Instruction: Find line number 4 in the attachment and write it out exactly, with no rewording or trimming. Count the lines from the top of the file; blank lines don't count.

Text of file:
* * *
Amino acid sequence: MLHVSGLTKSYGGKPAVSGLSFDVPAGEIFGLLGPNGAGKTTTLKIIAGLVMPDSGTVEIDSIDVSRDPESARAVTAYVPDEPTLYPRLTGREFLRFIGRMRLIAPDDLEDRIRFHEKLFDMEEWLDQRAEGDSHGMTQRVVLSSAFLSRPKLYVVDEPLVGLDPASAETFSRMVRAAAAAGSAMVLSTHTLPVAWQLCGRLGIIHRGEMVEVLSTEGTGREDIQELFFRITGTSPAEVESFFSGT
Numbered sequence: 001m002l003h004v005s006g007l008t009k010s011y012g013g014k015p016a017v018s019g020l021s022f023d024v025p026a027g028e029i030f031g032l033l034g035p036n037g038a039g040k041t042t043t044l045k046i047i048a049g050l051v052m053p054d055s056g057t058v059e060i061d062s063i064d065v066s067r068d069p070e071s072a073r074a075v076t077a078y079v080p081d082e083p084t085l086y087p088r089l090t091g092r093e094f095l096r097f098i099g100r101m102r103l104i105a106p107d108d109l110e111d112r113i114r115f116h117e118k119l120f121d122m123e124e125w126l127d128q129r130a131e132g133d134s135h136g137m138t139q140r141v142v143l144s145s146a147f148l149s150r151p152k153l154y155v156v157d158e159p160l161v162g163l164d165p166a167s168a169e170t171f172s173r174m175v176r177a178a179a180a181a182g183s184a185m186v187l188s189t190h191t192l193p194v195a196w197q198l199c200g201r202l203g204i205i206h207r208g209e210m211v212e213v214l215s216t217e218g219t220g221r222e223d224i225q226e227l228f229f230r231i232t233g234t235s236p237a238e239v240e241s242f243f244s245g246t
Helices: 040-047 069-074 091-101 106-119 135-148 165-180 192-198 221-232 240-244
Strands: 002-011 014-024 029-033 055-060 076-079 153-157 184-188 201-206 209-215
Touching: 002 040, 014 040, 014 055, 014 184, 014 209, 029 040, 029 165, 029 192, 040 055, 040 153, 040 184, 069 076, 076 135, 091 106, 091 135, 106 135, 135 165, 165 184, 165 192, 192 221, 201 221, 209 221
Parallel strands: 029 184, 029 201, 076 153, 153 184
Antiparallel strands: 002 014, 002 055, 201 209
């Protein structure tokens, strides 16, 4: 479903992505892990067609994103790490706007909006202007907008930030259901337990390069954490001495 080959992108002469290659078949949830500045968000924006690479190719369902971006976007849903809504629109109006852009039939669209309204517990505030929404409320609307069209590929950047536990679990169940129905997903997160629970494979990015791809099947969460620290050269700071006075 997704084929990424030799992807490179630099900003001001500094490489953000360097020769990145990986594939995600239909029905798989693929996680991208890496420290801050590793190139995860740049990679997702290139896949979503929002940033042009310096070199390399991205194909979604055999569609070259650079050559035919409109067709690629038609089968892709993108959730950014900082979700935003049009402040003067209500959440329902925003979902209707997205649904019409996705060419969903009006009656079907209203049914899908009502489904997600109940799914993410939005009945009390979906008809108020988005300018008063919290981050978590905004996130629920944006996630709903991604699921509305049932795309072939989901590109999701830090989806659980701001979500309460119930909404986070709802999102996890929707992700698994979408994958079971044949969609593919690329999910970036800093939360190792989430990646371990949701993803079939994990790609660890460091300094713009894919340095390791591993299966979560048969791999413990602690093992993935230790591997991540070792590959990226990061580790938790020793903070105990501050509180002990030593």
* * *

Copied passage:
Strands: 002-011 014-024 029-033 055-060 076-079 153-157 184-188 201-206 209-215